Sidhu reports no relevant financial disclosures. Please see the study for all other authors’ relevant financial disclosures.
Compared with enoxaparin, aspirin use resulted in higher rates of symptomatic venous thromboembolism within 90 days following total hip arthroplasty and total knee arthroplasty, according to published results.
Verinder S. Sidhu, MS, and colleagues from the CRISTAL study group analyzed 90-day outcomes of 5,416 patients who were randomized to receive 100 mg of aspirin orally for 35 days after THA and 14 days after TKA and 3,787 patients who were randomized to receive 40 mg of enoxaparin subcutaneously for the same time periods, with patients weighing less than 50 kg receiving only 20 mg of enoxaparin.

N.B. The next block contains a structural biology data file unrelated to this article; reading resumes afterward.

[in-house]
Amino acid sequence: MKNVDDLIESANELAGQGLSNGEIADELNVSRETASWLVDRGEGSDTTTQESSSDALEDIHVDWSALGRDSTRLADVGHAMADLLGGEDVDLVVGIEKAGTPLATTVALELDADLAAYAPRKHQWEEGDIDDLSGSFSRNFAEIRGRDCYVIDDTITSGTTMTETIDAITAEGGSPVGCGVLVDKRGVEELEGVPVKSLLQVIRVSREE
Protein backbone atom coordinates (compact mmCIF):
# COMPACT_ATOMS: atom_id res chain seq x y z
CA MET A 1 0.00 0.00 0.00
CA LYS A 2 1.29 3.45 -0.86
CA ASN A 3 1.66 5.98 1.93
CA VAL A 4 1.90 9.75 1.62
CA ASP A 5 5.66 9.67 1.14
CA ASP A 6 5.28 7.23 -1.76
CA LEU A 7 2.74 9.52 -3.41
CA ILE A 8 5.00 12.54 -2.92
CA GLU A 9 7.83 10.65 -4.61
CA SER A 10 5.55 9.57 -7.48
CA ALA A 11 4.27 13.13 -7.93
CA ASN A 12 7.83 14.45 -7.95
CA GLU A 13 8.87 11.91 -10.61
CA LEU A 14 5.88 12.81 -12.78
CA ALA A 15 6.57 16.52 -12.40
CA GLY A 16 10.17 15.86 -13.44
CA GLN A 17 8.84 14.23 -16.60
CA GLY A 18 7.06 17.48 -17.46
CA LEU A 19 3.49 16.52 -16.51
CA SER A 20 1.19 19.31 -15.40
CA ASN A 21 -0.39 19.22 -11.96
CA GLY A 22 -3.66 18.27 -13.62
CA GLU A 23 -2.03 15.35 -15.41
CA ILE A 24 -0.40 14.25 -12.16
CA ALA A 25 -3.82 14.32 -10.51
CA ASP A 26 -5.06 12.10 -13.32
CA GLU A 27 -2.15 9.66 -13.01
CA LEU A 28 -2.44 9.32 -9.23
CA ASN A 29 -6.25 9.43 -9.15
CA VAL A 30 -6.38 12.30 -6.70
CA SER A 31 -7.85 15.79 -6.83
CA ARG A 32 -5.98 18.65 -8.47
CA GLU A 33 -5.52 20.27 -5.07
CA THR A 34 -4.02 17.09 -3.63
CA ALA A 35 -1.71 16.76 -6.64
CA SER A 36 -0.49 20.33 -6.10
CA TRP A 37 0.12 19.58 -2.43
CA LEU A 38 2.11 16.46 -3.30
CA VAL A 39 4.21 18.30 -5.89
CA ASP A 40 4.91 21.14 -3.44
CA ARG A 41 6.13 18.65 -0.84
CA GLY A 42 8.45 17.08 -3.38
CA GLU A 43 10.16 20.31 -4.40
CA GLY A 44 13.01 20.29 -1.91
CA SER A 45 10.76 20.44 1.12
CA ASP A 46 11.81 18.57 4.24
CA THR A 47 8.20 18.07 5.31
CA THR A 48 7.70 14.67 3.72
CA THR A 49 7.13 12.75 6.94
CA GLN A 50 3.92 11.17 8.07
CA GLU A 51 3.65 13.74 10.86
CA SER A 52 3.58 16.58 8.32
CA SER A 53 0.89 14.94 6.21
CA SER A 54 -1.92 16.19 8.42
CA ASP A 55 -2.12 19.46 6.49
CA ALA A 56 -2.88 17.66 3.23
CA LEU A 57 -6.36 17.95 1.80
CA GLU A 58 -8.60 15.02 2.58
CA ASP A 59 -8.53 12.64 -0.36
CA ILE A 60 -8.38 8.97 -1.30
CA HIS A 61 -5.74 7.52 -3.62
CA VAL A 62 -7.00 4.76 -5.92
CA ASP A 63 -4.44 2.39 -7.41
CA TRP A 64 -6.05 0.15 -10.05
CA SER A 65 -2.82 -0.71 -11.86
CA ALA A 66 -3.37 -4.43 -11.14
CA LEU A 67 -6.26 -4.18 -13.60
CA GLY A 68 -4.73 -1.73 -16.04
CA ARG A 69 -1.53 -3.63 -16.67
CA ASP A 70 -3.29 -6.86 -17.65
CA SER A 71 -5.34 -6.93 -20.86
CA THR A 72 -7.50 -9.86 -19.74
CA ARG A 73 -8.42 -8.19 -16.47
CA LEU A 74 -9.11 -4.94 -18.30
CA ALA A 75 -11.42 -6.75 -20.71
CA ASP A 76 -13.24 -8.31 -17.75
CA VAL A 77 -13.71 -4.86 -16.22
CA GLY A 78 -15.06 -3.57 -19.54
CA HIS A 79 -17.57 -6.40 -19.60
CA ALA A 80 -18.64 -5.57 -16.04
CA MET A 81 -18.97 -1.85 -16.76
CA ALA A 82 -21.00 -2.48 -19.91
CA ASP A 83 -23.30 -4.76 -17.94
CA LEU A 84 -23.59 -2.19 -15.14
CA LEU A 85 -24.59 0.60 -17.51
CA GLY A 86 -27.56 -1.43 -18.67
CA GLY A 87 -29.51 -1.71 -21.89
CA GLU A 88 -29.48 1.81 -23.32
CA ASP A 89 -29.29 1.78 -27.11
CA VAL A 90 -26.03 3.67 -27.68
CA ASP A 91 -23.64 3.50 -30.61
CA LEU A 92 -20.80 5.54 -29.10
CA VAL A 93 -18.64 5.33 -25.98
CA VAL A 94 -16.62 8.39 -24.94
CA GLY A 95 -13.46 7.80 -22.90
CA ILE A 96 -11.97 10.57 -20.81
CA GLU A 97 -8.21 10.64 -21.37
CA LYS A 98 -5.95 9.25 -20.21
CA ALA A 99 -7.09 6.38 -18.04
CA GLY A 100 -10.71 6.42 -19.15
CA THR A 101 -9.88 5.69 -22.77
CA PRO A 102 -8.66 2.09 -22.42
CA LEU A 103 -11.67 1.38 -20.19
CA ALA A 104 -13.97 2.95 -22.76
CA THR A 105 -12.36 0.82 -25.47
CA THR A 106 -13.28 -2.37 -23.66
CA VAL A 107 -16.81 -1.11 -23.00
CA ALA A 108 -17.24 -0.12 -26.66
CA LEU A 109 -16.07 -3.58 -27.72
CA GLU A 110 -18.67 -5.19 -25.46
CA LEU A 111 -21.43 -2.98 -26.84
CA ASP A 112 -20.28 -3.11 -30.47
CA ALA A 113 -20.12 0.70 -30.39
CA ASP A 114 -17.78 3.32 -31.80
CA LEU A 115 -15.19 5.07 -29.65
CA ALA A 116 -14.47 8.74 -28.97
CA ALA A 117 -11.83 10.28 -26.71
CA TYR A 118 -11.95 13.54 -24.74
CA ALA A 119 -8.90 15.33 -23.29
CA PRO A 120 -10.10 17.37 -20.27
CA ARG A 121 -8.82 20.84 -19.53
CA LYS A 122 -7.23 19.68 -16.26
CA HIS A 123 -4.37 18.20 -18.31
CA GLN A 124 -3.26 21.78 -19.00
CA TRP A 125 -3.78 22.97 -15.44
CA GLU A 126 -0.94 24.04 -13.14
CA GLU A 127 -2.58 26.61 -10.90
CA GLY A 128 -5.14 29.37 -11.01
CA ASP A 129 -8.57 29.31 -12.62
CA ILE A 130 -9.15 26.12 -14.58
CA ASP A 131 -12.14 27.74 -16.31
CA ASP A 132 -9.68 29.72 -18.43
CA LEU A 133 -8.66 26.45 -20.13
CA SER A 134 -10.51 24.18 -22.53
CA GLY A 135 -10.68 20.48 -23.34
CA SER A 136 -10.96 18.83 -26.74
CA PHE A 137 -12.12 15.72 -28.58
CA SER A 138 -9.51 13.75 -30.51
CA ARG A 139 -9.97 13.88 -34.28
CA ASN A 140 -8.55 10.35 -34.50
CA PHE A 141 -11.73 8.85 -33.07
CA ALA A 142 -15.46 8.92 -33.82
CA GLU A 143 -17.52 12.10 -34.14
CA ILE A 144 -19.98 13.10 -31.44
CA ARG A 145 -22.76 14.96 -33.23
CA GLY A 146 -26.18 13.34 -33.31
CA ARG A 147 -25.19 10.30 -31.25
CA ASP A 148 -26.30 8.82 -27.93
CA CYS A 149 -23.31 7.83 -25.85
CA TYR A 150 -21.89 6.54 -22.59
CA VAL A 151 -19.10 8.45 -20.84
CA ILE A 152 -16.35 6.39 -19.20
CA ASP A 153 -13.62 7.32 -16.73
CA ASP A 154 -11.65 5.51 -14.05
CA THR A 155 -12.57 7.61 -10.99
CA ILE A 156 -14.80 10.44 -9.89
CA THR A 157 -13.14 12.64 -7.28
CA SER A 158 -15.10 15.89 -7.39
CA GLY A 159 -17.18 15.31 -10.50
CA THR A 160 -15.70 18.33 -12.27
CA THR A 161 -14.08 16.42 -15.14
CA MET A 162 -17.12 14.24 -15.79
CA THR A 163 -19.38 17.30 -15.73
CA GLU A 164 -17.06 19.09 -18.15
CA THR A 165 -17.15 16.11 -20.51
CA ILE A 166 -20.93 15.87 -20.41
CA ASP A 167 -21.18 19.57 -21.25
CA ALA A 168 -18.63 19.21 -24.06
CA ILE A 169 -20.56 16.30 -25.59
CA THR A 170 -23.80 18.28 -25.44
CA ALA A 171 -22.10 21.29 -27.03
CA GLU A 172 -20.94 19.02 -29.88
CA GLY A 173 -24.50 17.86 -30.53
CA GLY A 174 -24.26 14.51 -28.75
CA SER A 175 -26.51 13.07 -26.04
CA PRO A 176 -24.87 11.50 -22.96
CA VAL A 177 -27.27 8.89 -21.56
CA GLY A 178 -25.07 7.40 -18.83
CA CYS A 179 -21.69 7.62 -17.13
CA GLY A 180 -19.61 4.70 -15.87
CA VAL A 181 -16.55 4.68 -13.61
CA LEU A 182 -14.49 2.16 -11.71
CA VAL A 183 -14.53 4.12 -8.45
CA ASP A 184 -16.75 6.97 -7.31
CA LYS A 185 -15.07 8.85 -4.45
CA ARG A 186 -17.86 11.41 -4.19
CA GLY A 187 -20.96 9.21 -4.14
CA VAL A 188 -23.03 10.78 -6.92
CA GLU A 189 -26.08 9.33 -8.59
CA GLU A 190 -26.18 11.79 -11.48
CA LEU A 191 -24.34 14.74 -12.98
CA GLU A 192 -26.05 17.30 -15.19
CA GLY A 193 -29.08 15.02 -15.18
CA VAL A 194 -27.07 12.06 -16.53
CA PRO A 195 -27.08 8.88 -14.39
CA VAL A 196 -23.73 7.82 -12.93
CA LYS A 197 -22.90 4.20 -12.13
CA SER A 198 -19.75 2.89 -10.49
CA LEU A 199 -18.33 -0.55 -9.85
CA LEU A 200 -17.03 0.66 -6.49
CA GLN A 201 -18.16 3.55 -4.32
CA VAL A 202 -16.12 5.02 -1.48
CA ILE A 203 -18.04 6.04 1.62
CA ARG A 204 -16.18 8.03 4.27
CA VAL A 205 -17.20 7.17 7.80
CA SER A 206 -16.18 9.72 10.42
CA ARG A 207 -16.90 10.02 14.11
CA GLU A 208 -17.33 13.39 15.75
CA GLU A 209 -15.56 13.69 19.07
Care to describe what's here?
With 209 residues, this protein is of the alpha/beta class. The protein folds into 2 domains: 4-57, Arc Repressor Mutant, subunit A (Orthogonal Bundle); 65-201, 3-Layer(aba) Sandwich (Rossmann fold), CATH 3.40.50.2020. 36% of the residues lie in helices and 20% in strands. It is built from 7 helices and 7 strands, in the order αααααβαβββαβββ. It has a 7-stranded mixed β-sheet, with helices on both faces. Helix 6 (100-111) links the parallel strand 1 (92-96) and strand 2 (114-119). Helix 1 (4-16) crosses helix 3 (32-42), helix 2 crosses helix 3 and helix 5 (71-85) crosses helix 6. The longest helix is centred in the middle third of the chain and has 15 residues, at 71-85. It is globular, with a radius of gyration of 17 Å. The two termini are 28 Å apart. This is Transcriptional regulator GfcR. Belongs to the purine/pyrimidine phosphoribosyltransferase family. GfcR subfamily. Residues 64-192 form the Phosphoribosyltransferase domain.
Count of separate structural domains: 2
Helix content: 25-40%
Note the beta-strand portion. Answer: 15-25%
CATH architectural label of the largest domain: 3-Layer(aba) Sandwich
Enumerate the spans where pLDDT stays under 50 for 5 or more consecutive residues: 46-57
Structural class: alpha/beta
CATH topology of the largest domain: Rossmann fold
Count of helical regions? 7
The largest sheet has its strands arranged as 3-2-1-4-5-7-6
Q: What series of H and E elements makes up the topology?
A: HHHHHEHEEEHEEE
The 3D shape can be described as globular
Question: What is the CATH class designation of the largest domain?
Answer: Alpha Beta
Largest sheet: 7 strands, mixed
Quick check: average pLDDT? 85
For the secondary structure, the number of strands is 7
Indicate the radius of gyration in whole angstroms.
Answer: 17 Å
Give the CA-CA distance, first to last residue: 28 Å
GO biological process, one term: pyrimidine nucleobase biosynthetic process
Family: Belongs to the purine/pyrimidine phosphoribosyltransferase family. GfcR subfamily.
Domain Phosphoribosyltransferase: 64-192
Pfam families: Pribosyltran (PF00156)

Enrollment included patients across 31 Australian hospitals from April 20, 2019, to Dec. 18, 2020. According to the study, outcome measures included symptomatic venous thromboembolism (VTE), pulmonary embolism and deep venous thrombosis above or below the knee.
At 90 days postoperatively, 256 patients experienced symptomatic VTE, including 79 cases of pulmonary embolism, 18 cases of above-knee DVT and 174 cases of below-knee DVT. Symptomatic VTE rates were 3.45% in the aspirin group and 1.82% in the enoxaparin group. Sidhu and colleagues noted the statistically significant superiority of enoxaparin compared with aspirin, as the difference in VTE rates did not meet the noninferiority margin of 1%.
“Although the study was designed as a noninferiority trial, the results demonstrated statistical superiority of enoxaparin compared with aspirin,” the researchers wrote in the study. “It is important to note that most of the difference in rates of VTE events between the enoxaparin and aspirin groups was due to differences in rates of below-knee DVT,” they added.